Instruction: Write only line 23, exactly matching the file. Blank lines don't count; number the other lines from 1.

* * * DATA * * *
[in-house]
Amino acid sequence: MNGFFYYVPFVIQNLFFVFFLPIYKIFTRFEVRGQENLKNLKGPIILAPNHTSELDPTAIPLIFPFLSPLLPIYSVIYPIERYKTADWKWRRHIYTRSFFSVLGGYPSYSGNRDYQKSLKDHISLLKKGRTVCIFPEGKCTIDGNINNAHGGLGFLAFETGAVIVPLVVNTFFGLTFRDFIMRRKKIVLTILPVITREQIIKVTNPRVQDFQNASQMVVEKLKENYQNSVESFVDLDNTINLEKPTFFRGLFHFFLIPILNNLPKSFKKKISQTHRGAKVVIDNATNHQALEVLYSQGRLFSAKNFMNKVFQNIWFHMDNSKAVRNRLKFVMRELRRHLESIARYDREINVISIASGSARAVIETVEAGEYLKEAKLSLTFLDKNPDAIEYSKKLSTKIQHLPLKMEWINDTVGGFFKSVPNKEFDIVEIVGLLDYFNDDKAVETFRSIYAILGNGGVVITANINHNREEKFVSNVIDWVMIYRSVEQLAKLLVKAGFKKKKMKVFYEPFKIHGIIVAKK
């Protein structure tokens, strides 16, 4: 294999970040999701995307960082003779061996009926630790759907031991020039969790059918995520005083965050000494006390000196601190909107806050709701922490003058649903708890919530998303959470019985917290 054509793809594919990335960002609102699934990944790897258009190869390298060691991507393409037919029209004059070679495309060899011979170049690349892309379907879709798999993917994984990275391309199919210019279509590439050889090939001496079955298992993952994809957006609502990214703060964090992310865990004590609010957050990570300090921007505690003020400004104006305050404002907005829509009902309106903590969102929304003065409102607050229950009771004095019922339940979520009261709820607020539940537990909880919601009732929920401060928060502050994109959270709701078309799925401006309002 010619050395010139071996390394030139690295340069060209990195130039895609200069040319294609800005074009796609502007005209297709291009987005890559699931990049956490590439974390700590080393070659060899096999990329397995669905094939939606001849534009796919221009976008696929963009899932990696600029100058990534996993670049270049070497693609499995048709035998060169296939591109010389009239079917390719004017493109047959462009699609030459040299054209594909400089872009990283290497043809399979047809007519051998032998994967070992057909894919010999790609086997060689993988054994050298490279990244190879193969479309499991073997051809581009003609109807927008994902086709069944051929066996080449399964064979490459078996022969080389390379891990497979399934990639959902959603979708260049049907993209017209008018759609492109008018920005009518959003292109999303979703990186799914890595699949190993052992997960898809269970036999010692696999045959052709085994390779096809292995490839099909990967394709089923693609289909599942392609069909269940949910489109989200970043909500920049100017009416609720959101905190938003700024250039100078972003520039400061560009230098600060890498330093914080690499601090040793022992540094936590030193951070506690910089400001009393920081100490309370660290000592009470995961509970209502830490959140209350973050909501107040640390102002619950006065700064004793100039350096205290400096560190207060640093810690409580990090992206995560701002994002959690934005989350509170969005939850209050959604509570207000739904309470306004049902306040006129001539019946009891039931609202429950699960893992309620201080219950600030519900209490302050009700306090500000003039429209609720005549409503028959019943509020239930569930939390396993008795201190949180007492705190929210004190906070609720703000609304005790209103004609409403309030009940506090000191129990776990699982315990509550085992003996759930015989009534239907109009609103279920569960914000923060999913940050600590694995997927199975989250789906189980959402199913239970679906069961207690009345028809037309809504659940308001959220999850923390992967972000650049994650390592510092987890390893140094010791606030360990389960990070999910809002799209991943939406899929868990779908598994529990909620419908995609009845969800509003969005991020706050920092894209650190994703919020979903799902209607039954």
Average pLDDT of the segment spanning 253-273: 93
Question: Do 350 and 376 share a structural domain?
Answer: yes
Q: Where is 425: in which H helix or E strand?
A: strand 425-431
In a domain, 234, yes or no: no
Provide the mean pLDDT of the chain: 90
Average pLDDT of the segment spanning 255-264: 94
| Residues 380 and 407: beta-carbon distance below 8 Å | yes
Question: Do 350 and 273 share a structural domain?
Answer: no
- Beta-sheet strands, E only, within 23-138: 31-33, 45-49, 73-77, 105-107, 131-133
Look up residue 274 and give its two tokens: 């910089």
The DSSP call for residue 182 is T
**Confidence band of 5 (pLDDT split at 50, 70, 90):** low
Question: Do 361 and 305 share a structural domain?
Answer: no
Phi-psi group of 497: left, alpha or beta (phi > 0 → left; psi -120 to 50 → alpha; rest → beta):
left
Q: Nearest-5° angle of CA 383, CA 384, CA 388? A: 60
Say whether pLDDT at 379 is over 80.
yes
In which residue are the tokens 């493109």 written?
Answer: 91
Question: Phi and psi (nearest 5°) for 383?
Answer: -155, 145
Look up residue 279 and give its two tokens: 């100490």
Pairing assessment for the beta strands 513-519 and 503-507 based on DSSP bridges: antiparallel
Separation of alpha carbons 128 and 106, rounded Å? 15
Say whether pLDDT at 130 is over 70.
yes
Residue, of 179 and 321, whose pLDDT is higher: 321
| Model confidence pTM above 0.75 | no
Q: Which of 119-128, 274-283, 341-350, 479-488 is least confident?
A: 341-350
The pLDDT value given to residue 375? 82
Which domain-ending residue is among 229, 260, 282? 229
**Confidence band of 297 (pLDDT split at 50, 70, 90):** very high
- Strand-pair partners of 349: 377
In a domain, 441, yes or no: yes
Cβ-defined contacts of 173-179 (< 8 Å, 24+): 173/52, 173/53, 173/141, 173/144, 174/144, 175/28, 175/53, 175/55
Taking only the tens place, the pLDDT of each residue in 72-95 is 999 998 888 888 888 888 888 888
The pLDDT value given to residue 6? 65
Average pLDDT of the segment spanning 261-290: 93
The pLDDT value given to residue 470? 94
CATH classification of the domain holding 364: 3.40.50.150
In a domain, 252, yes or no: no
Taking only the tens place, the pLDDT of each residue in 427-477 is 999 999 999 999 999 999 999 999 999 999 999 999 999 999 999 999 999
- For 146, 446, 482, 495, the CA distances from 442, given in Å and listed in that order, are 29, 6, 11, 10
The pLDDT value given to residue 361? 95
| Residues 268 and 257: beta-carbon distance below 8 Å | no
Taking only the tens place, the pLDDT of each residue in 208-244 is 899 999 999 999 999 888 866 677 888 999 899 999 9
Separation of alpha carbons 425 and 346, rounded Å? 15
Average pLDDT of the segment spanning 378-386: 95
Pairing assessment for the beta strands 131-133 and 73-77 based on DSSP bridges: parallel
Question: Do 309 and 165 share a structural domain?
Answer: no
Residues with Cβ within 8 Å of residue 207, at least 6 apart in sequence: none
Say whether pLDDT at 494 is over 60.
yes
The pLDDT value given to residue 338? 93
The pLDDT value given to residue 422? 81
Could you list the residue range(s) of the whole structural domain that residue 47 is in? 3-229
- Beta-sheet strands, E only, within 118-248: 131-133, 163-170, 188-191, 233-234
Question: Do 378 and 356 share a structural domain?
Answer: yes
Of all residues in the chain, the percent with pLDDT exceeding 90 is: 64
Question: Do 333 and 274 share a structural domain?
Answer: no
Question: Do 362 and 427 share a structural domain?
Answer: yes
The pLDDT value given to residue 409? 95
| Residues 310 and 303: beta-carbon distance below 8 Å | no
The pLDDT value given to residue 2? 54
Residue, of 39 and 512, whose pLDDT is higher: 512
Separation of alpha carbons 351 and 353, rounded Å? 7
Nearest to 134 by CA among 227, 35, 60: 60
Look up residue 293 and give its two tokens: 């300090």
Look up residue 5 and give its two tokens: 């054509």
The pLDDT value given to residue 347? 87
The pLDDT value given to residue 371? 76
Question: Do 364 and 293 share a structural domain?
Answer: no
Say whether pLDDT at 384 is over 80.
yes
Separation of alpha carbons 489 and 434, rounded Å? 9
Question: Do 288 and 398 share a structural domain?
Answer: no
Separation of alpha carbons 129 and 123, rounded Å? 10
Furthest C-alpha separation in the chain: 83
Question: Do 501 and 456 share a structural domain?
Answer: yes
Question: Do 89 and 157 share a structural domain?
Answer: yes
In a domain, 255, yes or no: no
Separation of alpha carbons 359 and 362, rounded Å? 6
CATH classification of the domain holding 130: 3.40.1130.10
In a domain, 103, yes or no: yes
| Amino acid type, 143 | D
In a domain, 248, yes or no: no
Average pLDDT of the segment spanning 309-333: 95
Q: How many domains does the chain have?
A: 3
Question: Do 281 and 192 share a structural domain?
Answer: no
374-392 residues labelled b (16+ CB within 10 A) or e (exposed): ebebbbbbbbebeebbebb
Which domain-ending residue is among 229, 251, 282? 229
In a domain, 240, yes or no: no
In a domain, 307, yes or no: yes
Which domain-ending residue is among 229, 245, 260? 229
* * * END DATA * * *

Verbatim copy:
Q: Nearest-5° angle of CA 383, CA 384, CA 388? A: 60